We lost someone in my family back in December.
It wasn’t a surprise.
They’d known it was coming for a long time.
That didn’t mean that there wasn’t pain and a sense of loss when she passed on.
Death is never easy, at least not for the survivors.
You’re left with an empty spot inside, and a phantom pain that keeps trying to fill it.
After having lost someone else very close to me a few years ago, I’ve been doing my damnedest to avoid death at all costs.
I’m not pleased with death at all.
Death is greedy.
All it does is take, take, take, and it never gives anything back.
(Please don’t reply with the ‘circle of life’ rhetoric, telling me that they return to the Earth whence they came. That just means that death is a litterbug too, leaving nature and man to pick up after it)
When I found out that her end was drawing near my immediate and stubbornly held reaction was that she would beat it.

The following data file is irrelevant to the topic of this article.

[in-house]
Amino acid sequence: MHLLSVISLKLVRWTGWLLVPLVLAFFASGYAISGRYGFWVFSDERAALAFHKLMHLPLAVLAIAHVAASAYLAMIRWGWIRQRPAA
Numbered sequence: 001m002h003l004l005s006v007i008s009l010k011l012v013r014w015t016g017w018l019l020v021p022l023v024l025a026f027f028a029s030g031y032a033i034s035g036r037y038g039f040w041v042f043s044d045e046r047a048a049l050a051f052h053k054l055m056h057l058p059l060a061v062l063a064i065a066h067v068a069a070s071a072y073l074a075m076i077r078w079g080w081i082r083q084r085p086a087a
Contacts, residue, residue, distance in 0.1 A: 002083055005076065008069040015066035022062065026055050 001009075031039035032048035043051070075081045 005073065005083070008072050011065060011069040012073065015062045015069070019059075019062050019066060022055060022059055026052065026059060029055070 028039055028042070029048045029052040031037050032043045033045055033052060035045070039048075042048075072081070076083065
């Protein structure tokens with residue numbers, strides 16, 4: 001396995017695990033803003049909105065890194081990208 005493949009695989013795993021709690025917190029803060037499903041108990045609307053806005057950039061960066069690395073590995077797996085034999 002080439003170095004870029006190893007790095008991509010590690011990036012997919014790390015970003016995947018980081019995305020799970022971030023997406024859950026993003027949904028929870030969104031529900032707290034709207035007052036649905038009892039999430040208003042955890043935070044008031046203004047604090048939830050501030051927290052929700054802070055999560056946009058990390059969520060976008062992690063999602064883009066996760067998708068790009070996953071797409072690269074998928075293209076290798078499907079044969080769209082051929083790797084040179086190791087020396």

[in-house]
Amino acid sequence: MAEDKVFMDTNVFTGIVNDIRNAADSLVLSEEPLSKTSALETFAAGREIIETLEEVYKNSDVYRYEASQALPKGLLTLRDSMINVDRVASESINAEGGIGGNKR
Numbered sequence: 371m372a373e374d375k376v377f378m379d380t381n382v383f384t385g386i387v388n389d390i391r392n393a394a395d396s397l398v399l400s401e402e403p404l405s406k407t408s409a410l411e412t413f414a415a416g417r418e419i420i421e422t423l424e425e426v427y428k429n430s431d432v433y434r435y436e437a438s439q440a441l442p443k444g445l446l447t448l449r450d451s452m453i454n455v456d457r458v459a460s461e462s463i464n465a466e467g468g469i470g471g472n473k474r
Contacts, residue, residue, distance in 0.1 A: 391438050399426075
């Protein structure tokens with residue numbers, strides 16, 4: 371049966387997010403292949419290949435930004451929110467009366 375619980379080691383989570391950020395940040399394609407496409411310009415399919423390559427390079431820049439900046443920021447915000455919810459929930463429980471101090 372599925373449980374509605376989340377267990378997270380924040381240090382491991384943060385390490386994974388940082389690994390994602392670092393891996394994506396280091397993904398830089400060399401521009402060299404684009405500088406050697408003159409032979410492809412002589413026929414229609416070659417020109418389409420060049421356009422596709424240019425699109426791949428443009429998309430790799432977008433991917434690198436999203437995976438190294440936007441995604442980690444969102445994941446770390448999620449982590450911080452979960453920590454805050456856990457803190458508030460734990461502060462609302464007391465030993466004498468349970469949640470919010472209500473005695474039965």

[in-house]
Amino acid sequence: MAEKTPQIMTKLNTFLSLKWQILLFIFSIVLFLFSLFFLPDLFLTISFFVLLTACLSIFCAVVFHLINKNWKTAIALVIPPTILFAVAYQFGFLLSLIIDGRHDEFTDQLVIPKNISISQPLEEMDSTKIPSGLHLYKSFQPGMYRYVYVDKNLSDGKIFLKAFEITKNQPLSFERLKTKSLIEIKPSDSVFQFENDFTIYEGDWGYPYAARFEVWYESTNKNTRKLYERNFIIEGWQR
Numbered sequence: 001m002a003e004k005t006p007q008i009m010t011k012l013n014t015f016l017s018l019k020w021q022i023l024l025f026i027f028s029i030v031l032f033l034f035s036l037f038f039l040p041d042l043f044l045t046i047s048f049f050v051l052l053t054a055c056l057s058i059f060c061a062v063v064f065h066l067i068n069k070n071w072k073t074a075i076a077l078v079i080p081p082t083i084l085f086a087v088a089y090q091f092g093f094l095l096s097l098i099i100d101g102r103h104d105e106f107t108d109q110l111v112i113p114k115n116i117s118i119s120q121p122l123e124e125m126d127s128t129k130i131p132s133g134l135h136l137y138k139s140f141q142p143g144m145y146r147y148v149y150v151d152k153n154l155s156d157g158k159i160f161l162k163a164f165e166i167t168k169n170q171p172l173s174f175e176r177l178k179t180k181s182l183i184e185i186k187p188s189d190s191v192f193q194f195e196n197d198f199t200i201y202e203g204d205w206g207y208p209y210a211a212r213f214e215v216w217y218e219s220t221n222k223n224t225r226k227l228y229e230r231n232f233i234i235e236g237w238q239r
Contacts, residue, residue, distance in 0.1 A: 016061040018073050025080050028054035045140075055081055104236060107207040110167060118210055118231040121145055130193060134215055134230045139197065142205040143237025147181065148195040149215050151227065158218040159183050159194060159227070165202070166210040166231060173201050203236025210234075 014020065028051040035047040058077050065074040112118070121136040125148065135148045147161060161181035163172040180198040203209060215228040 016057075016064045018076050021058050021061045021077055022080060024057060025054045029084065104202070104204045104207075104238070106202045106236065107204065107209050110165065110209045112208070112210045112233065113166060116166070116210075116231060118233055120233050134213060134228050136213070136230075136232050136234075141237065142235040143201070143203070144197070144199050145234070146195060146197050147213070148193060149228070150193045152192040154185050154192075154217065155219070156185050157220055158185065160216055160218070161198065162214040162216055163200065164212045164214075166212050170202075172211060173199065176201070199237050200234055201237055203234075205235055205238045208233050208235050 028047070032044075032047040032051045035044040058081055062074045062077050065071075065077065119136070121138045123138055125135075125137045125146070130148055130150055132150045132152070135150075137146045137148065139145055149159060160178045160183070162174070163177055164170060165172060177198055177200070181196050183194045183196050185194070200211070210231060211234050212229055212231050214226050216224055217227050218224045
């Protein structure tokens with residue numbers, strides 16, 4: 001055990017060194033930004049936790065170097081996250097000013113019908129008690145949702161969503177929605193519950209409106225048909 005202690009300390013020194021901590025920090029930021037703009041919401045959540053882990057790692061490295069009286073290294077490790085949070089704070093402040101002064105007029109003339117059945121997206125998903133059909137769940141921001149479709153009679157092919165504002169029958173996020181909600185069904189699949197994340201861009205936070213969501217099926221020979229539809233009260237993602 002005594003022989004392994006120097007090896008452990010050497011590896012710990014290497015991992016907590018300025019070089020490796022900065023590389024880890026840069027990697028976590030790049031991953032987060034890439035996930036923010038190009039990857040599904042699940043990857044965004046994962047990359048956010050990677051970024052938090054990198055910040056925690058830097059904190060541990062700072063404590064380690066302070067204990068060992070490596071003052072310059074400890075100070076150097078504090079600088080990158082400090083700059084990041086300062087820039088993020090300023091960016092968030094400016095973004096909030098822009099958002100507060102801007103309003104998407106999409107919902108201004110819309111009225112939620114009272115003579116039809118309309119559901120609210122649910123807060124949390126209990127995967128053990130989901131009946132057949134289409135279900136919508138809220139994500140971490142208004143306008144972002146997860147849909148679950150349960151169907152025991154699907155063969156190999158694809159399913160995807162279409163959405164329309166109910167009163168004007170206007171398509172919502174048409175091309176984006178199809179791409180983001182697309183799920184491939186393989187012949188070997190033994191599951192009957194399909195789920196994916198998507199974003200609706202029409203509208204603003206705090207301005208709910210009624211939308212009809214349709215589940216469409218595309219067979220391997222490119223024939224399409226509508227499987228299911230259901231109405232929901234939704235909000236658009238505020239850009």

She’d done it before and would do it again.
I kept telling myself that, no matter how much worse it got.
And it didn’t get better.
She was adamant about one thing; no funeral or wake.
She didn’t want people to be sad, all she wanted was a party.
Not sad…that’s a tall order.
A party, however, that was doable.
That party was this past weekend.
Over 400 people showed up to say goodbye to her.
It was amazing to see that kind of outpouring for one person.
I had been waiting for this event as a piece of closure.
Being part of the laughter and tears made me realize something.
It’s not about closure.
Not at all.
That part of our lives isn’t over, we’re just merely in transition.
We’ll have to adjust to not seeing her or talking to her.
She’ll still be part of our lives, in memories and in stories.
We’ll all be able to carry that with us for the rest of our days.
Until it’s time for our memories and stories to be shared.
And, maybe, just maybe, some of those stories will have her in them as well.